Criminals’ long history of securing their empires
SEE ALSO :Drugs, fake money and wanted tycoonThe complicity of elements in the police force in the narcotics trade at the Coast has been shared in leaked US diplomatic cables. The hold the drug lords have on local authorities was recently laid bare in a US court. A New York court trying two Akasha brothers - Baktash and Ibrahim - was told of how Government officials shielded and sustained the Akasha family drug empire through an elaborate bribery scheme, forcing the US to connive to airlift them away. Baktash, in a conversation with a US agent he believed to be a fellow drug lord who would help him secure a $10 million (Sh1 billion) deal to supply heroin to the US market, boasted how the consignment would be airlifted in a private aircraft from his palatial home in Mombasa. “This house is big, man. They will send their own aircraft. Special aircraft. Hallo! An aircraft will come. It is a special plane that will go all the way to West Africa. From there, they have a gateway to take it to the land of Obama, okay,” Baktash was quoted telling the agent code-named Rashid in March 2014. In the New York trial, prosecutor Geoffrey Berman told of how the Akashas used kidnappings and violence to target Punjani’s associates.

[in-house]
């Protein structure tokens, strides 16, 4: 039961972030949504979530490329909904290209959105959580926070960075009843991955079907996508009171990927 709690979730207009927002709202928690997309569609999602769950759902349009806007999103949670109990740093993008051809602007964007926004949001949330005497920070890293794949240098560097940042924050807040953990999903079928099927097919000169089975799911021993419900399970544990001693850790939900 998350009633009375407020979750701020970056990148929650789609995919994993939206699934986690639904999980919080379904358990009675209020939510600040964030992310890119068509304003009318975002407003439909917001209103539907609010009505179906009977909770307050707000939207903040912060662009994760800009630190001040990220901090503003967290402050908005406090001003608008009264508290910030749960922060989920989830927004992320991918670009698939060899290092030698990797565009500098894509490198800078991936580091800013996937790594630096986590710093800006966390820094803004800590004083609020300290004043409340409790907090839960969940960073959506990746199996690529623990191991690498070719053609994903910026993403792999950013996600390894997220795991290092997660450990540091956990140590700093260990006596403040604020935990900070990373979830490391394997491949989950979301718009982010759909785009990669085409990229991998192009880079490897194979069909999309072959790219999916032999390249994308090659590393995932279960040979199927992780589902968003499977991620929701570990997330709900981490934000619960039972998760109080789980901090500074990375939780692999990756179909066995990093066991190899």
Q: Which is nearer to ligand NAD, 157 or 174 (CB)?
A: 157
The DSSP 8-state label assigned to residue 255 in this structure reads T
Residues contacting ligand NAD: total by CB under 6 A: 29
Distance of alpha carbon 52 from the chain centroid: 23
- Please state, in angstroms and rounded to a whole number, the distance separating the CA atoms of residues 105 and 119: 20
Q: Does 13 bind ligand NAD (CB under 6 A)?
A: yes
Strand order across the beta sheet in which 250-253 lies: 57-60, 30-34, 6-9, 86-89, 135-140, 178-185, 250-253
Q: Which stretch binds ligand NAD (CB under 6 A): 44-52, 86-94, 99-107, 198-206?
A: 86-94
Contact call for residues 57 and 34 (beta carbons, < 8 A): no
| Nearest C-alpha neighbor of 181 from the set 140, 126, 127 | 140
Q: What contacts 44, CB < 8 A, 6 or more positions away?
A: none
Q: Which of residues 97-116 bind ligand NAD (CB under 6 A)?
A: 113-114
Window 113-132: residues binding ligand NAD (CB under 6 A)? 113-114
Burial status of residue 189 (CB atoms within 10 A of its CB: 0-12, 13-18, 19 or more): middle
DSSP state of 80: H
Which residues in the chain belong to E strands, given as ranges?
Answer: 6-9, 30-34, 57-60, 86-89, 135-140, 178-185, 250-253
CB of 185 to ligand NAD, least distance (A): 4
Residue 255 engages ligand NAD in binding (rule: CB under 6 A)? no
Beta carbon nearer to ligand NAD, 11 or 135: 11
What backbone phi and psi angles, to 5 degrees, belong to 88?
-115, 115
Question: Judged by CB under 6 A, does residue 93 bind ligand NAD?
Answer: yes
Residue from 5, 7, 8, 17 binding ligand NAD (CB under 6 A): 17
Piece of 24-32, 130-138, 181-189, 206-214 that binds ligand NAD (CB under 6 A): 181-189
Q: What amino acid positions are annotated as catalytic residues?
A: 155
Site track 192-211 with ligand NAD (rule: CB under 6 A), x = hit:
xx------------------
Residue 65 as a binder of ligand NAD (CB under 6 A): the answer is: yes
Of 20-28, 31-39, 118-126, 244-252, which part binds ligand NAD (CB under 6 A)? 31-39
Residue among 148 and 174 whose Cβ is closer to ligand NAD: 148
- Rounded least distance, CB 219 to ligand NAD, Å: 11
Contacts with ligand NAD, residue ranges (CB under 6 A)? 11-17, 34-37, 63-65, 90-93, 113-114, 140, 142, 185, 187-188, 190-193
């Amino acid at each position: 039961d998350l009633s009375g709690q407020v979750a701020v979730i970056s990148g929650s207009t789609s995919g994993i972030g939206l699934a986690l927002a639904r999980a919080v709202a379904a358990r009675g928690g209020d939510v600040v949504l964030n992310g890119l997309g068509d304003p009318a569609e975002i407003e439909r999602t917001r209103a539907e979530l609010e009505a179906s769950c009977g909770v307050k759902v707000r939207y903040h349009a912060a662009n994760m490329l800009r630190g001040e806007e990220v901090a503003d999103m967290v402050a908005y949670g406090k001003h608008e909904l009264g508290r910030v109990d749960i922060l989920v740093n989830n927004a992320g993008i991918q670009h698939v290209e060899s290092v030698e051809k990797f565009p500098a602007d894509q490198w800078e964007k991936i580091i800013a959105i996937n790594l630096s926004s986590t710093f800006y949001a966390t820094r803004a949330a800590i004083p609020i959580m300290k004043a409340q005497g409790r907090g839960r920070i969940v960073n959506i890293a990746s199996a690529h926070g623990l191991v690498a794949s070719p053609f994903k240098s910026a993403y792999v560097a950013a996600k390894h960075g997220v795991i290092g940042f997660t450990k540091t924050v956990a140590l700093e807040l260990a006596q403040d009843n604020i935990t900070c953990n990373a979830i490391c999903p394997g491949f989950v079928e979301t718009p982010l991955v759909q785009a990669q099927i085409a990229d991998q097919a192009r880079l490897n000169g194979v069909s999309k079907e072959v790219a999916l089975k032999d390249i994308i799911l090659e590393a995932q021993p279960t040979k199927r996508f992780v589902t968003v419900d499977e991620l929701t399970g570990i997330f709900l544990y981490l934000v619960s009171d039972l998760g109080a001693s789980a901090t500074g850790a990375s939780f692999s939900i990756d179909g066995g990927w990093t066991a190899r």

SEE ALSO :Why court freed Ali Punjani’s wife“The lacklustre performance of legal and law enforcement authorities in the cases, the increasingly whispered fear that national politicos are providing protection for the ring, and now the murder of officer Hassan Abdillahi, sharply undermine post’s confidence that Kenyan authorities are serious about combating international narcotics trafficking,” read one cable. Abdillahi was the district criminal officer at the port of Mombasa who had been investigating the presence of 50 containers of hard drugs. His killers have never been identified despite driving away in his car. It is likely there was no honest desire to pursue them. Police units clash But the inconsistencies do not end with the narcotics alone. Earlier in the year, police from different agencies came to a near all-out gun war after one group intercepted smuggled alcohol into the country. The other group was protecting the smugglers in what is thought to be a wider scheme involving their seniors. In April the two police units clashed at a roadblock along the Nairobi-Namanga highway over suspected contraband ethanol. Two detectives from Directorate of Criminal Investigations (DCI) in Parklands were disarmed in the drama before they were rescued by their seniors who sent them reinforcement. They were disarmed at the Kitengela roadblock by a team of police officers as they escorted a lorry laden with suspected illicit ethanol from Tanzania. And in May police had to fight off claims that General Service Unit was guarding the house in which fake gold was stored in Kileleshwa, Nairobi. The officers had been spotted at Kaputei Gardens where a raid on fake Gold had earlier been conducted but police later explained that they were guarding members of Diplomatic corps residing within the court and not the suspects.
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